Small caps are uppercase (capital) letters that are about the size of normal lowercase letters in any given typeface. Small caps are less intrusive when all uppercase appears within normal text or can be used for special emphasis. Computer programs can generate small caps for a any typeface, but those are not the same as true small caps. True small caps have line weights that are proportionally correct for the typeface, which mean that they can be used within a body of copy without looking noticeably wrong. // Use small caps for acronyms. Set acronyms such as nasa or nasdaq in small caps when they appear in body text or headlines. // Use small caps for common abbreviations. Set common abbreviations such as am or pm in small caps so they donâ€™t overpower the accompanying text. Use small caps for a.m. and p.m.; space once after the number, and use periods. (If the font does not have small caps reduce the font size slightly) // Use true small caps fonts. Avoid simply resizing capital letters or using the small caps feature in some programs. Instead use typefaces that have been specifically created as small caps.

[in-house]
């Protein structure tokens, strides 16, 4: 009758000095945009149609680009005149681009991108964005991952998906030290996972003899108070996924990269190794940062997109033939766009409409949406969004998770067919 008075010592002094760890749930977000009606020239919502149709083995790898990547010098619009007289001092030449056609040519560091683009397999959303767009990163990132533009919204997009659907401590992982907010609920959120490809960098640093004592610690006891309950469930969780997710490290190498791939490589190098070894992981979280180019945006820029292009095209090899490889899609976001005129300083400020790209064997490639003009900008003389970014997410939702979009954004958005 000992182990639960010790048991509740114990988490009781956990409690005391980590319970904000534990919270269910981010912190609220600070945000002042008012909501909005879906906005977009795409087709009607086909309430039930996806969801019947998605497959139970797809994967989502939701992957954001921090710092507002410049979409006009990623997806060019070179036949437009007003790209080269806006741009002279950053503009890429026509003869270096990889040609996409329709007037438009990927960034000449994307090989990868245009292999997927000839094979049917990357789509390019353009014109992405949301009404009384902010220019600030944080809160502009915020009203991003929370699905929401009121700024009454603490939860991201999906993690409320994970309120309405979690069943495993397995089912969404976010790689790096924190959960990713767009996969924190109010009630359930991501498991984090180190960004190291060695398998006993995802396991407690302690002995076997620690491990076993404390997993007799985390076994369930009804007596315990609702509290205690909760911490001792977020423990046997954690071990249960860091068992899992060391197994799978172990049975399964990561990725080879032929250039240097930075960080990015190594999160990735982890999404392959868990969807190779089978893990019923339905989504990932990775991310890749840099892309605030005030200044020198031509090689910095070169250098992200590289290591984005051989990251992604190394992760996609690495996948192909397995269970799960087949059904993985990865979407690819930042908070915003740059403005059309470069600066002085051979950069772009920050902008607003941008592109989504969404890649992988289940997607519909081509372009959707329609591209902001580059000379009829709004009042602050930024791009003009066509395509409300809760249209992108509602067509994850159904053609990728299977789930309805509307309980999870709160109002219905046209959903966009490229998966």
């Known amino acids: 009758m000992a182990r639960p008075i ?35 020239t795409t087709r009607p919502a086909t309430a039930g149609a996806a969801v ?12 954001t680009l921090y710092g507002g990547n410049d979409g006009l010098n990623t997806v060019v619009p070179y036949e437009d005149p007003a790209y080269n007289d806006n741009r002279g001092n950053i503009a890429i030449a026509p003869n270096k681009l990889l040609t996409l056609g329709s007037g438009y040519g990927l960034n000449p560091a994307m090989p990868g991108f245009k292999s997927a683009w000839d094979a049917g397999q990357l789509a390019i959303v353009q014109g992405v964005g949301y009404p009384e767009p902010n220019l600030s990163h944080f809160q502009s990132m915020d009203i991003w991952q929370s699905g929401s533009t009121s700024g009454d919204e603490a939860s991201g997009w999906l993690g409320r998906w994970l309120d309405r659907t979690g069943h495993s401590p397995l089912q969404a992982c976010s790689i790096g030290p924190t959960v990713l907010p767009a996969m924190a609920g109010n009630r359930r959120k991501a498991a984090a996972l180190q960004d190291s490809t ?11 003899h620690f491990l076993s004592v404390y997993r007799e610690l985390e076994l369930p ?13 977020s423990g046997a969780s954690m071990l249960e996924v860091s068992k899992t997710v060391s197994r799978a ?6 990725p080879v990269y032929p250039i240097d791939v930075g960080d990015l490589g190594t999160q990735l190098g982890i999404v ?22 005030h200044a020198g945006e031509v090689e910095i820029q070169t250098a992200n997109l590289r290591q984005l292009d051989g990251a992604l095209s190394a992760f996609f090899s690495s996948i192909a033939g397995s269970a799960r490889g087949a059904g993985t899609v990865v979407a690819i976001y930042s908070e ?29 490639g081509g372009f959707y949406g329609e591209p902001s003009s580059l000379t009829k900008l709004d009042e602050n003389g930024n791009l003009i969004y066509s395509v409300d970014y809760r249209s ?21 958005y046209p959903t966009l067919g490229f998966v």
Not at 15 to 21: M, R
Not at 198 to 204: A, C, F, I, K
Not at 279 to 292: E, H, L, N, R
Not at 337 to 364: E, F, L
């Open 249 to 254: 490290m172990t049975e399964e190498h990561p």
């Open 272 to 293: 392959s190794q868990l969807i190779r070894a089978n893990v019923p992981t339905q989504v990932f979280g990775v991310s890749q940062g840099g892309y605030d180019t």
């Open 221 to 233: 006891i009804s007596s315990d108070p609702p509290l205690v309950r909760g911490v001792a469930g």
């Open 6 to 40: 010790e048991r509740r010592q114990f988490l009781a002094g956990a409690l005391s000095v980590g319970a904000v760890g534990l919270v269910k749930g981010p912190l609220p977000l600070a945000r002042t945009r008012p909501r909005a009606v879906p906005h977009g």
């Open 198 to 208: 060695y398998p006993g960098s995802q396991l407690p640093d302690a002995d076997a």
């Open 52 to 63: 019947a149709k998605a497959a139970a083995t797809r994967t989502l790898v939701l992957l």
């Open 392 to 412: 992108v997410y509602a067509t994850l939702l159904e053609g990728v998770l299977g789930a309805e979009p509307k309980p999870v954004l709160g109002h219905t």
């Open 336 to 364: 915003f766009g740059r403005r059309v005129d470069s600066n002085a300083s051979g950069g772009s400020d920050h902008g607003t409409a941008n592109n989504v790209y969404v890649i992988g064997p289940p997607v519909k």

Published on Apr 18, 2012